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Good shepherd, tell this youth what 'tis to love. It is to be all made of sighs and tears; It is to be all made of faith and service; It is to be all made of fantasy, All made of passion, and all made of wishes; All adoration, duty, and observance, All humbleness, all patience, and impatience, All purity, all trial, all observance.
COMEDY OF ERRORS,
MAN'S PRE-EMINENCE. THERE'S nothing, situate under heav'ns eye, But hath his bound, in earth, in sea, in sky: The beasts, the fishes, and the winged fowls, Are their males' subject, and at their controls: Men, more divine, the masters of all these, Lords of the wide world, and wild wat’ry seas, Indued with intellectual sense and souls, of more pre-eminence than fish and fowls, Are masters to their females, and their lords: Then let your will attend on their accords.
PATIENCE EASIER TAUGHT THAN PRACTISED
Patience, unmov'd, no marvel though she pause; They can be meek, that have no other cause. A wretched soul, bruisd with adversity, We bid be quiet when we hear it cry; But were we burdend with like weight of pain, As much, or more, we should ourselves complain.
I see, the jewel, best enamelled, Will lose his beauty; and though gold 'bides still, That others touch, yet often touching will Wear gold; and so no man, that hath a name, But falsehood and corruption doth it shame.
Ay, ay, Antipholus, look strange, and frown; Some other mistress hath thy sweet aspects, I am not Adriana, nor thy wife. The time was once, when thou unurg'd would'st
That never words were music to thine ear,
For slander lives upon succession;
ACT V. A WOMAN'S JEALOUSY MOPE DEADLY THAN POISON.
The venom clamours of a jealous woman Poison more deadly than a mad dog's tooth. It seems his sleeps were hinder'd by thy railing: And thereof comes it that his head is light. Thou say'st, his meat was sauc'd with thy upbraid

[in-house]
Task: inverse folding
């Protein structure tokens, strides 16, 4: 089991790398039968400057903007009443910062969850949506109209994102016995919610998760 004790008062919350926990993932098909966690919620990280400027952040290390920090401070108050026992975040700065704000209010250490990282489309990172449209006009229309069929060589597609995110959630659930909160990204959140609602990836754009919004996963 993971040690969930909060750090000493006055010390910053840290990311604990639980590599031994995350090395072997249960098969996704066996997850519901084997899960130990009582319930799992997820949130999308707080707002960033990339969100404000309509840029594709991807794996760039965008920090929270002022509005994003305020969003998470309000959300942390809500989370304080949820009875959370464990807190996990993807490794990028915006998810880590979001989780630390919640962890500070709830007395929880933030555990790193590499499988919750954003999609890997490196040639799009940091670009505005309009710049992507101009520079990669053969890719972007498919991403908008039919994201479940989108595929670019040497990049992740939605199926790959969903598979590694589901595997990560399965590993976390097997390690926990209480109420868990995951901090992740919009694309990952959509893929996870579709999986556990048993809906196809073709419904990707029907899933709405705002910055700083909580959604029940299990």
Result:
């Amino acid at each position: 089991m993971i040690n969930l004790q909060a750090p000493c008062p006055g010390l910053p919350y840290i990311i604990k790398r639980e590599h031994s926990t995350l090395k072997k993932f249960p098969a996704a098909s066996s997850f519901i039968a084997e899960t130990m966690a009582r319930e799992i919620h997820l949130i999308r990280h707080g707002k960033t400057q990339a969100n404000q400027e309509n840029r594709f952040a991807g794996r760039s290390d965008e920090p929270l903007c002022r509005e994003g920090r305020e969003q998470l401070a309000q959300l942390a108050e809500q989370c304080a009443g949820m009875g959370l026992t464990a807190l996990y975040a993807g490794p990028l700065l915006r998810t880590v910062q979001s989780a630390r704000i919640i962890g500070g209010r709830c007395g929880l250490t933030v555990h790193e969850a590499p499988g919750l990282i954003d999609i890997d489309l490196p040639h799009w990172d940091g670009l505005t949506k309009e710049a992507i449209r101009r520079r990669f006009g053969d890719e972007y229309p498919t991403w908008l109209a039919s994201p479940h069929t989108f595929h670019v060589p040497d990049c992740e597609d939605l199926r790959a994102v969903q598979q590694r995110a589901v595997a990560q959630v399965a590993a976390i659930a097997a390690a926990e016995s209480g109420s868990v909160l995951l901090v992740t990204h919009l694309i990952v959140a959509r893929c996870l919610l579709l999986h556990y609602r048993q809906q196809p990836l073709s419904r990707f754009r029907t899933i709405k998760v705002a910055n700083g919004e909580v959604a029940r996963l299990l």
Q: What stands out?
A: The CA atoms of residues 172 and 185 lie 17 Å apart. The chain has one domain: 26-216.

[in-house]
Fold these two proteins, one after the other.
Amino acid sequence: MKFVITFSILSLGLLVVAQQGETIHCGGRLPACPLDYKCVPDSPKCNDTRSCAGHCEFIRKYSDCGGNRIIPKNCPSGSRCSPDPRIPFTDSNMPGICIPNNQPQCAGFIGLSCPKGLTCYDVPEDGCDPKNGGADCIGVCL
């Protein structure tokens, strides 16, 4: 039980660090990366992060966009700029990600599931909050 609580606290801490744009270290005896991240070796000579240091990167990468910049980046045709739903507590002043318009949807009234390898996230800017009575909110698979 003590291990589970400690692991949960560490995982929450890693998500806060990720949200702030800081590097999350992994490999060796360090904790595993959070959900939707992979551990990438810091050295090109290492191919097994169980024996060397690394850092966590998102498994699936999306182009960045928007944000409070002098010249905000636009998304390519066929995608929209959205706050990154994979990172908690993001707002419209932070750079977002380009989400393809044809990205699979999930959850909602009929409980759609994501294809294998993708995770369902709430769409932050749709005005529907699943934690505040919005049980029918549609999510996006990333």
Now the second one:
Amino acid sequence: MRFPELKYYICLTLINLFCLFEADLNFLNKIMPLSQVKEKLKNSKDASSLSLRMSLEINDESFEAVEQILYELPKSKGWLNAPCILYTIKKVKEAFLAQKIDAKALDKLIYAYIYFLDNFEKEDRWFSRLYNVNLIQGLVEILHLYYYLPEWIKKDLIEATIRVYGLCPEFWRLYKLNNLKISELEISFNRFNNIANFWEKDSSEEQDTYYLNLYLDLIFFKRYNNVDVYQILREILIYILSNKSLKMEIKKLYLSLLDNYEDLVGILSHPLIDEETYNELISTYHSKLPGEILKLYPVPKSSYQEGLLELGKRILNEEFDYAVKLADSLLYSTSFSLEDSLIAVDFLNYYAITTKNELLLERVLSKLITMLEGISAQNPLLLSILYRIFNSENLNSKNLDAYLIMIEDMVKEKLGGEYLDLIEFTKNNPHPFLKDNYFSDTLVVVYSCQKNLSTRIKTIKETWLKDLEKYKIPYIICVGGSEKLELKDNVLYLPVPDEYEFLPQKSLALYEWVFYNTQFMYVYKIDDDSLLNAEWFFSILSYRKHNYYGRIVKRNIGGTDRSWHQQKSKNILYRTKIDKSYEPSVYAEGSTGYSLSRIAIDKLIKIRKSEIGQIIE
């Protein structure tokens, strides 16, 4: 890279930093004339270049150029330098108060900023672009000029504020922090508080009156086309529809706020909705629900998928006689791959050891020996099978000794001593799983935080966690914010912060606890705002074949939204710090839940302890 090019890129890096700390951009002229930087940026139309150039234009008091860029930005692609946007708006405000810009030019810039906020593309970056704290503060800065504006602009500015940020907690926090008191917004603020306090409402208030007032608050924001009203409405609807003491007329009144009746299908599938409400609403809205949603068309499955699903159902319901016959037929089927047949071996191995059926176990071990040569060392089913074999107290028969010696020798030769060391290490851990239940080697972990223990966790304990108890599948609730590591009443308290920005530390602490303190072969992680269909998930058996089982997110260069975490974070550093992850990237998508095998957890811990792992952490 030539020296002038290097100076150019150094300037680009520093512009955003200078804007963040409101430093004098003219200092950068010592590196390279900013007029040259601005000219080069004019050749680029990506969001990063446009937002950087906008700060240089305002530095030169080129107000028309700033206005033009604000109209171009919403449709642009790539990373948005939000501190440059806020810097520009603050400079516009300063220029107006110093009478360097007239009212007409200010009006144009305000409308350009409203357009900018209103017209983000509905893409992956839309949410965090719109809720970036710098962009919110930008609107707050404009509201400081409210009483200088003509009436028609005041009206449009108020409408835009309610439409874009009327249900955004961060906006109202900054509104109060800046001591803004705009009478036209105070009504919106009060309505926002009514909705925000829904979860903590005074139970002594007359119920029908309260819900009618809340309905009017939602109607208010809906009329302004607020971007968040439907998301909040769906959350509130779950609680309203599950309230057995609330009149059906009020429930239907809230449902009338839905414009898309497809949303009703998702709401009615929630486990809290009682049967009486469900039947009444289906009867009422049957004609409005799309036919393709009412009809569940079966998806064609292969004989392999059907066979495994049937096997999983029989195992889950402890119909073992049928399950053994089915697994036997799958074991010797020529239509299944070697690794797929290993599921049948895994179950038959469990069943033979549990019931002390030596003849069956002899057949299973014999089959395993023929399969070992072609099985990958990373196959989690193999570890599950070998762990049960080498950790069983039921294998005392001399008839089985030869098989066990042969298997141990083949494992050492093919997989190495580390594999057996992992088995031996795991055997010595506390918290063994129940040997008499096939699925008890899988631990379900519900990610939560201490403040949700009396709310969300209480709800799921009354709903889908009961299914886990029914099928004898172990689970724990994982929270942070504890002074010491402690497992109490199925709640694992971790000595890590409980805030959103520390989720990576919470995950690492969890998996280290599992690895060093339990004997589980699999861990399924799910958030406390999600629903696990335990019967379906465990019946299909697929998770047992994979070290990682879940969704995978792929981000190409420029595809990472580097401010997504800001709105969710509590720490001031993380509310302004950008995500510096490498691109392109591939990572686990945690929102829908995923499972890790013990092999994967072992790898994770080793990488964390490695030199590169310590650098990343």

A hungry lean-fac'd villain,
And with no face, as 'twere outfacing me,
Though now this grained* face of mine be hid
LOVE'S LABOUR’S LOST.
VANITY OF PLEASURE.
Why, all delights are vain; but that most vain, .
That will not be deep-search'd with saucy looks; Small have continual plodders ever won,
Save base authority from others' books. These earthly godfathers of heaven's lights,
That give a name to every fixed star, Have no more profit of their shining nights,
Than those that walk, and wot not what they are. Too much to know, is, to know nought but fame; And every godfather can give a name.
* Furrowed, lined.
An envious sneaping* frost, That bites the first born infants of the spring.
A CONCEITED COURTIER.
A man in all the world's new fashion planted,
That hath a mint of phrases in his brain: One, whom the music of his otthon vain tongue
Doth ravish, like enchanting harmony; A man of compliments, whom right and wrong
Have chose as umpire of their mutiny: This child of fancy, that Armado hight,
For interim to our studies, shall relate, In high-born words, the worth of many a knight
From tawny Spain, lost in the world's debate.
My beauty, though but mean, Needs not the painted flourish of your praise; Beauty is bought by judgment of the eye, Not utter'd by base sale of chapmen's tongues.
A MERRY MAN.
A merrier man,
АСТ II. HUMOUROUS DESCRIPTION OF LOVE. 0!-And I, forsooth, in love! I, that have been
love's whip; A very
beadle to a humourous sigh: A critic; nay, a night-watch constable; A domineering pedant o’er the boy, Than whom no mortal so magnificent! This wimpled, whining, purblind, wayward boy; This senior-junior, giant-dwarf, Dan Cupid; Regent of love-rhymes, lord of folded arm, The anointed sovereign of sighs and groans, Liege of all loiterers and malecontents, Dread prince of plackets,f king of codpieces, Sole imperator, and great general of trotting paritorsto my little heart ! And I to be a corporal of his field, And wear his colours like a tumbler's hoop! What? I! I love! I sue! I seek a wife! A woman, that is like a German clock, Still a repairing; ever out of frame; And never going aright, being a watch, But being watch'd that it may still go right?
Did not the heavenly rhetoric of thine eye
('Gainst whom the world cannot hold argument,) Persuade my heart to this false perjury ?
Vows, for thee broke, deserve not punishment. A woman I forswore; but, I will prove,
Thou being a goddess, I forswore not thee:
Thy grace being gain'd, cures all disgrace in me.